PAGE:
For the first time in years, the U.S. Federal Maritime Commission (“FMC”) has a full complement of five Commissioners and a renewed commitment to enforce the Shipping Act of 1984 (as amended, the “Shipping Act”). As a maritime lawyer representing clients before the FMC, I am often asked, “What is the FMC, what does it do, and why should I care?” The FMC is ramping up its efforts to find and penalize those who violate the Shipping Act, so it is a good idea to have at least a basic knowledge of the enforcement power of the FMC and how it can affect your business.
The FMC and What It Does
The FMC is the regulatory agency responsible for administering and enforcing the Shipping Act, the Controlled Carrier Act (“CCA”), and the Foreign Shipping Practices Act (“FSPA”). The FMC’s jurisdiction extends to all vessel operating common carriers (“VOCCs”), non-vessel operating common carriers (“NVOCCs”), freight forwarders, and marine terminal operators (“MTOs”) operating in the U.S. foreign commerce. This article only briefly discusses the CCA and FSPA as the Shipping Act is the most commonly cited statute by the FMC in its enforcement actions.
In short, the CCA allows the FMC to ensure that a controlled carrier’s rates are not unjustly and unreasonably below market, which could disrupt trade or harm privately-owned carriers. A controlled carrier is one that is owned or controlled by a government as opposed to an individual or privately or publicly held company. The FSPA authorizes the FMC to investigate the treatment of U.S. carriers by foreign governments. If the FMC determines that U.S. carriers are subject to certain discriminatory practices in a foreign country, but the carriers of that foreign country are not subject to the same discriminatory practices in the United States, the FSPA allows the FMC to issue sanctions against the carriers of the discriminating foreign country.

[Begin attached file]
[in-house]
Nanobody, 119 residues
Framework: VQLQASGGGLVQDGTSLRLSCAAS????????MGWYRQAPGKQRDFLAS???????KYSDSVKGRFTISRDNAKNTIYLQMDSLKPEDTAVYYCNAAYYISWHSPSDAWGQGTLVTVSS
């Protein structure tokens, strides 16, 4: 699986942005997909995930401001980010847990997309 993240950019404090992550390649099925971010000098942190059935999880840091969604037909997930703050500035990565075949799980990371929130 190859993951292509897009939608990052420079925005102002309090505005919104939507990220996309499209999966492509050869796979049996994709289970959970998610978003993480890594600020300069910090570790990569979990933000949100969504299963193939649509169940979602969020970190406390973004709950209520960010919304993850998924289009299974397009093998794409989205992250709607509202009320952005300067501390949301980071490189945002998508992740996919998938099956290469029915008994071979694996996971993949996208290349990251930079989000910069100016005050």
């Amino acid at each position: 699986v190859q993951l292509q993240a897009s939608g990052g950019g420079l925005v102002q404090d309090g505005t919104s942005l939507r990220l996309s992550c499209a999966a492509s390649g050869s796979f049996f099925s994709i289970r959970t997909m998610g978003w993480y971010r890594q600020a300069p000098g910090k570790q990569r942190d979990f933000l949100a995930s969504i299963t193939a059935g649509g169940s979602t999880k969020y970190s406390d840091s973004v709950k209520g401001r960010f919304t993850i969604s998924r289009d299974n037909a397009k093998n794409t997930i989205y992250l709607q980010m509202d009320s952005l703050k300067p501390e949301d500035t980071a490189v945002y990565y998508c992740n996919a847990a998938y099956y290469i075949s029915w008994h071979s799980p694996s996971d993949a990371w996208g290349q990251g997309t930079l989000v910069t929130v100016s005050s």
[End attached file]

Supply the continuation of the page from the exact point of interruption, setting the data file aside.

The primary statute administered and enforced by the FMC is the Shipping Act, which regulates, amongst other things, common carriage in the foreign commerce of the United States. The principal purposes of the Shipping Act are: (1) to protect shippers from “unfair or unreasonable” discrimination by carriers, (2) to protect shippers from disreputable or unqualified NVOCCs and freight forwarders, and (3) to enable carriers and MTOs to enter into agreements between or among themselves that might otherwise run afoul of the U.S. anti-trust laws provided that they are not substantially anti-competitive.